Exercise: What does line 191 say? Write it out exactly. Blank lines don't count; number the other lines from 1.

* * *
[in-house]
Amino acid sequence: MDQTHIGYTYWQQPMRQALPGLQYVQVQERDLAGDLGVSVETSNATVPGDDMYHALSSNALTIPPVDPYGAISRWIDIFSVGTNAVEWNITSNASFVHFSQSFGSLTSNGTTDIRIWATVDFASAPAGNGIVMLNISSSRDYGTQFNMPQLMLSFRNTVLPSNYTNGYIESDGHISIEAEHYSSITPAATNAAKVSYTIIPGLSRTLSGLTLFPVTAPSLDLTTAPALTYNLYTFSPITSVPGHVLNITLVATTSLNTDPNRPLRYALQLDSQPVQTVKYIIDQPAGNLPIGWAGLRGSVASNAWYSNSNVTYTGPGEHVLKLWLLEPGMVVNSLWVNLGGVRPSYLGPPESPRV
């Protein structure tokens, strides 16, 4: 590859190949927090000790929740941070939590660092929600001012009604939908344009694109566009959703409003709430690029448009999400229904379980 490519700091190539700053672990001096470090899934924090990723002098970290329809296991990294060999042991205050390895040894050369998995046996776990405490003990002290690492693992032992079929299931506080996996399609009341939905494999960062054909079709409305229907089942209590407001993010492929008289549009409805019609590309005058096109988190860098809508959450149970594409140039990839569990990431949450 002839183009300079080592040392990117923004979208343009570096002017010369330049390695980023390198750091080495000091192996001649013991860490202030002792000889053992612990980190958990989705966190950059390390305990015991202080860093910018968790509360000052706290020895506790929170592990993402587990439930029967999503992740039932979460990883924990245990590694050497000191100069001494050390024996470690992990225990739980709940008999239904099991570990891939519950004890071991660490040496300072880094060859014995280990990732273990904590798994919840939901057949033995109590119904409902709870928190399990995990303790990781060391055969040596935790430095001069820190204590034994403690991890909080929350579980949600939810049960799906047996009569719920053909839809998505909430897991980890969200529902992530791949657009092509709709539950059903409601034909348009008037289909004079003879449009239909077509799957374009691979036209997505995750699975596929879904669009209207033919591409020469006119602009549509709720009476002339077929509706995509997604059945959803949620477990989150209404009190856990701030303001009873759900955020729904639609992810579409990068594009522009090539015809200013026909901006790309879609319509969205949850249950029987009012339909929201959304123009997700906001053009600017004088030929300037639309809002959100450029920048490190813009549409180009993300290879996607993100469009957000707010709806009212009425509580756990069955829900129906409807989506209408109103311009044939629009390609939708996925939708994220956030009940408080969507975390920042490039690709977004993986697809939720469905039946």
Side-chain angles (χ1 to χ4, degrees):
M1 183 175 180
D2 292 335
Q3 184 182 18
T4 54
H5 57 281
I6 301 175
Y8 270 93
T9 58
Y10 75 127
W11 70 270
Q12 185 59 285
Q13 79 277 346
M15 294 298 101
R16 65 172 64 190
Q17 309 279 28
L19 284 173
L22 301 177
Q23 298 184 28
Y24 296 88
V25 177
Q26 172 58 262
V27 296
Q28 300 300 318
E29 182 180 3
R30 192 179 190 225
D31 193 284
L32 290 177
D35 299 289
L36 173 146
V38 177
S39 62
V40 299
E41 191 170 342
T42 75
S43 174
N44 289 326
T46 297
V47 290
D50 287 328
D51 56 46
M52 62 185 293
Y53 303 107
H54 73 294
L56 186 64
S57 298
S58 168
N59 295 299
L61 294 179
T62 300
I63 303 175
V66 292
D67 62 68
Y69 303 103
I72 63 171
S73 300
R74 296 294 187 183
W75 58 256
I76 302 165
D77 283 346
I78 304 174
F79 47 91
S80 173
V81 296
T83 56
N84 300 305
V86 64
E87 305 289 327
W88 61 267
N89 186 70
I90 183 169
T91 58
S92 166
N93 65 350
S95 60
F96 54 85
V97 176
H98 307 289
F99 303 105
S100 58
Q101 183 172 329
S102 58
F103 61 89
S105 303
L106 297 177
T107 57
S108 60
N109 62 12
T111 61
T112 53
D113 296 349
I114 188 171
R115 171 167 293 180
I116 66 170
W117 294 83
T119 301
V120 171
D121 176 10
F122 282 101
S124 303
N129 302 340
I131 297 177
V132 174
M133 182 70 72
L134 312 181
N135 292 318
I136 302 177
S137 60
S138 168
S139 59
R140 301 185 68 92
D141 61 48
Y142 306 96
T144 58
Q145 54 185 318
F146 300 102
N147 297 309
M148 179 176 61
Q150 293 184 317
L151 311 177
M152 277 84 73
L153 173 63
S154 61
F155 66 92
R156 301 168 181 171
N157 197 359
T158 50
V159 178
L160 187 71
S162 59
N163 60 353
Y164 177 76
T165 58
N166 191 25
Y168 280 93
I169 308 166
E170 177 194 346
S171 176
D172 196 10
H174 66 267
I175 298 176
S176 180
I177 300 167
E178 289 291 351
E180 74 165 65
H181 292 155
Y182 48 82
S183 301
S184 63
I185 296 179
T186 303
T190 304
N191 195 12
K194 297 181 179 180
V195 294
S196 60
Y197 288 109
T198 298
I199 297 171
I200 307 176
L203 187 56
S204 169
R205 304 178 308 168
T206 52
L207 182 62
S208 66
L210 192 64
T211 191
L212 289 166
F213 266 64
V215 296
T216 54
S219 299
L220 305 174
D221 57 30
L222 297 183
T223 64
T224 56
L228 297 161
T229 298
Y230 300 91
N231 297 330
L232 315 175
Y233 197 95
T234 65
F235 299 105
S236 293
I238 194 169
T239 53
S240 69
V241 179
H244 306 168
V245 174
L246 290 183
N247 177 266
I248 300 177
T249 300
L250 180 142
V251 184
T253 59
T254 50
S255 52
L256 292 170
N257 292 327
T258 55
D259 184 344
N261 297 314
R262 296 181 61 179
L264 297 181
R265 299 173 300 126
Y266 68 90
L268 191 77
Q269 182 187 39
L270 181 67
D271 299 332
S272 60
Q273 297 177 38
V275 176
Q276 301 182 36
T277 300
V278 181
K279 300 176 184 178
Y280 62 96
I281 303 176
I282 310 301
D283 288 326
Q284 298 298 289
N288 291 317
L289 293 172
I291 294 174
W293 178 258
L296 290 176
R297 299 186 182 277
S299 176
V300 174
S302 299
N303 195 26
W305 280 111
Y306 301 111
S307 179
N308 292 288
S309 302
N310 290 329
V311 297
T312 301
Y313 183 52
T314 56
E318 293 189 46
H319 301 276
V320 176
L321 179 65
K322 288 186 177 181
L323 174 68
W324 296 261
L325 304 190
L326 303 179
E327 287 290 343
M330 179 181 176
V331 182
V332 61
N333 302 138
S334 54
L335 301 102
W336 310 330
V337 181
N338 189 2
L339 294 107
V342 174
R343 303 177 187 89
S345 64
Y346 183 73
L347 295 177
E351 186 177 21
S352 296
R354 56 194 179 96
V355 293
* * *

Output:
I238 194 169